Compelling questions, as described in the C3 Framework, focus on issues and concerns of humans through time. Because they don’t have just one “correct” answer, but many different interpretations, they help students perceive the work of historians -- “doing” history. Compelling questions combine the interests of students, the content of a discipline, and the literacy and inquiry skills needed in that discipline.
Compelling questions are very similar to Jay McTighe and Grant Wiggins’ essential questions. Both can be serve as conceptual frameworks for learning big concepts and discrete facts over multiple units or across disciplines.
I love compelling questions for teaching social history themes across units. Changes in how people live their daily lives don’t occur on a specific date on a timeline. Changes in daily life are usually gradual, taking place over years, decades, or even centuries. Social history themes almost never fit neatly into traditional units bounded by dates. But one good social history compelling question can be used throughout the year, becoming the glue that pulls everything together.
Social History Compelling Question: Example
Here is an example of a social history compelling question that relates to the lives of students AND could span an entire year of American history teaching units.
- Why do different generations have different rules for romantic relationships?
The 1920's was a decade of social change in how men and women interacted. The usual 1920's instructional unit covers flappers and their shockingly short hair, short skirts, and free manners. But modern students probably wonder “What is so shocking about a flapper?” when compared to their own 21st century fashions and freedoms.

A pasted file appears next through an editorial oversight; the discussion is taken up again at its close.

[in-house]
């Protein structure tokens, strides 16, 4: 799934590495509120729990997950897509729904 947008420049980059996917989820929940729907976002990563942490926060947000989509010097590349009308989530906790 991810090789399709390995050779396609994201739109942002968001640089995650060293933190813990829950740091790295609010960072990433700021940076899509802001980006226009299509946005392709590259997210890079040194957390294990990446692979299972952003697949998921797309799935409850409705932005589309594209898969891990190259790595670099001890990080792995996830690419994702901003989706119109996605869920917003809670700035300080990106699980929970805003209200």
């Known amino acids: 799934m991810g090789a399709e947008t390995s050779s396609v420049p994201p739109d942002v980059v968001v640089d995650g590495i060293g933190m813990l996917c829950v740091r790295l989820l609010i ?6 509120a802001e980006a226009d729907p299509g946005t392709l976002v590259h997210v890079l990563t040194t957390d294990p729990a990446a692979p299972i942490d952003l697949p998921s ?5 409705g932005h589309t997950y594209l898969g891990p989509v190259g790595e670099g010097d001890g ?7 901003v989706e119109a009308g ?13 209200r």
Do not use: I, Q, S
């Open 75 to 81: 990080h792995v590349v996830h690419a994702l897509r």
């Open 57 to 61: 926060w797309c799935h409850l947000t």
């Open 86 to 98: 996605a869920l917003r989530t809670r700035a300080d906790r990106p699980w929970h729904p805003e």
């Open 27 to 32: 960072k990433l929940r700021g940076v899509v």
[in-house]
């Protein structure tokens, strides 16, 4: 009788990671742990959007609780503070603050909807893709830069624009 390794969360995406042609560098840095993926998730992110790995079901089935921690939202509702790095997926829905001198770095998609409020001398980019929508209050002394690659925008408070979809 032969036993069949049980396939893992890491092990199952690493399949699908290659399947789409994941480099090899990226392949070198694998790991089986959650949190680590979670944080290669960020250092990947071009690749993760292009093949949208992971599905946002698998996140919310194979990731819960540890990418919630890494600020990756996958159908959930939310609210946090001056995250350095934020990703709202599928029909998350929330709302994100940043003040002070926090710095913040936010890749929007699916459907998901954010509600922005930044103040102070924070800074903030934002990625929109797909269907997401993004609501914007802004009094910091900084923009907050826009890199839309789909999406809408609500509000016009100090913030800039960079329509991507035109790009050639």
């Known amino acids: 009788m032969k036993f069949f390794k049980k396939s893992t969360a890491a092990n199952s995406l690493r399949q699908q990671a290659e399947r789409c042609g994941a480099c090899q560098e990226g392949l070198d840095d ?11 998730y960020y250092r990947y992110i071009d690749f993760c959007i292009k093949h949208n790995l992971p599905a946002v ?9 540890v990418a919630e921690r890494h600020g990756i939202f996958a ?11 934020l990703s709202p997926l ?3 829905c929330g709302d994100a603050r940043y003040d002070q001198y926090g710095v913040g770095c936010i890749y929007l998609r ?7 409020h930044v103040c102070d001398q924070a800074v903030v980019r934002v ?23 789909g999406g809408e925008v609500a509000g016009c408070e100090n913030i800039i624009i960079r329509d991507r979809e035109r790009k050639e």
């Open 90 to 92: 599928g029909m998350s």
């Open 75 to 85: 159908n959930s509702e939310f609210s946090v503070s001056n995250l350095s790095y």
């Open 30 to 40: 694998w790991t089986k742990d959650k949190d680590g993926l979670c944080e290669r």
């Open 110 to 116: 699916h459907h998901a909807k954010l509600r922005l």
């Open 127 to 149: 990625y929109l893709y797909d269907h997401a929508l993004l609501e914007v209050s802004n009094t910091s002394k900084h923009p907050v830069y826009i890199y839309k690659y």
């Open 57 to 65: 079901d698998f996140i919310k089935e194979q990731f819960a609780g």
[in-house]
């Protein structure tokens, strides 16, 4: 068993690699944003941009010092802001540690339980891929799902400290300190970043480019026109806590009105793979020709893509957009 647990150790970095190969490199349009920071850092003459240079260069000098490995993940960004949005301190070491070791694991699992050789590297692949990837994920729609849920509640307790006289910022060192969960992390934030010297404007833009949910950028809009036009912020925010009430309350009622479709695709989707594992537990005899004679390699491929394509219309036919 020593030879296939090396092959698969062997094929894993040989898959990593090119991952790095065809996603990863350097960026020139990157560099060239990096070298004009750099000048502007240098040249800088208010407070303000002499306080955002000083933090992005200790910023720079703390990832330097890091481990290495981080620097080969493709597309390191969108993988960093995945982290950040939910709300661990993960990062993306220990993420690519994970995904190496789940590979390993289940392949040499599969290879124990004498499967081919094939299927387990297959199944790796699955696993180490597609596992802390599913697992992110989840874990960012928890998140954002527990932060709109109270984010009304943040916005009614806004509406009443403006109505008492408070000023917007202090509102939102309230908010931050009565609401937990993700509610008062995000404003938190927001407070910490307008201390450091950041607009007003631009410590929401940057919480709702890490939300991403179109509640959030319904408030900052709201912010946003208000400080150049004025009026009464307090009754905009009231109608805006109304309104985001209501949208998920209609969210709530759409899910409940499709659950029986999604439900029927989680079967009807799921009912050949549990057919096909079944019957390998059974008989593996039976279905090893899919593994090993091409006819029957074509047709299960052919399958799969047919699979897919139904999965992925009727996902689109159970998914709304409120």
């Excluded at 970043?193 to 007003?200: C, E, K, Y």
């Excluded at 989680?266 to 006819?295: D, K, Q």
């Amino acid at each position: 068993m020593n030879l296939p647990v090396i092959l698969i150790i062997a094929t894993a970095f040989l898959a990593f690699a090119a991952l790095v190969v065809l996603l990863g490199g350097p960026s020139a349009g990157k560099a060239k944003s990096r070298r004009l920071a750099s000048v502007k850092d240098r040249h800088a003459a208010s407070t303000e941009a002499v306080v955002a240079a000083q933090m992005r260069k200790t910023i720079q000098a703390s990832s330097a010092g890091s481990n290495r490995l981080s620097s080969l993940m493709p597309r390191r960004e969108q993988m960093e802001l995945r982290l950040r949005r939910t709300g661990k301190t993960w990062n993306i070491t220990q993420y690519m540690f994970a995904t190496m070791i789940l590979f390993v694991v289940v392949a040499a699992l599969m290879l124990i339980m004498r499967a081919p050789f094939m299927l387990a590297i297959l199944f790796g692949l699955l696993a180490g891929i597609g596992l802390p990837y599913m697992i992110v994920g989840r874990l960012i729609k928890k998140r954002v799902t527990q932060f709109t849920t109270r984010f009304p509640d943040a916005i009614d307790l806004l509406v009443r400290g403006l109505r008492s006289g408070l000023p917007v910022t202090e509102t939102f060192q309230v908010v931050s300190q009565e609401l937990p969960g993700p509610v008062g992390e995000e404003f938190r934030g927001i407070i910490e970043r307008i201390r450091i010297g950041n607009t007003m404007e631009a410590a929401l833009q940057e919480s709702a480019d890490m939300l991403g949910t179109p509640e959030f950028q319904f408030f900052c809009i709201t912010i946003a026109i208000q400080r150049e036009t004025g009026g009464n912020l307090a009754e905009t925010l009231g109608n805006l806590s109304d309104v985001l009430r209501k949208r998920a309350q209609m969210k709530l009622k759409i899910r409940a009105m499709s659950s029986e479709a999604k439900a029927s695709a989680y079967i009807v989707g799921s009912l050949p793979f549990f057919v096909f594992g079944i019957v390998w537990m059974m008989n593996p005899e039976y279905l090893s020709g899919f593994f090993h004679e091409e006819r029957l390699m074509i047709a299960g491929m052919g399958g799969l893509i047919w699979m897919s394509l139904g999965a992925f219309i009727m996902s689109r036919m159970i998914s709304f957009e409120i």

But if a compelling question is introduced and explored earlier in the year, in the 19th and early 20th century units of study, the relationship behavior of single men and women in the 1920's makes a lot more sense. Throughout the rest of the school year, the same compelling question continues to put strict dating etiquette of the 1950's, the new freedom of the 1960's, and the technology-driven 21st century romantic relationship “rules” in perspective.
One big compelling question used throughout the year can be combined with supporting questions that focus on specific descriptions and definitions. The supporting questions can be tailored for each unit.
For example, for 19th century units, the following supporting questions are appropriate:
- What is courtship?
- How did rules of etiquette vary between groups of people? (social class, ethnicity, race)
For the 1920's unit, supporting questions might include:
- What is dating and how was it different from courtship?
- What technological changes contributed to the shift from courtship to dating?
For the 1950's unit, the supporting question could focus on sex/gender differences in etiquette:
- How were relationship rules (etiquette) different for men and women?
Consider creating social history compelling and supporting questions for your social studies courses that can tie a year-long theme to the lives of students.
For more ideas and resources for teaching manners and etiquette, visit my website - teachingwiththemes.com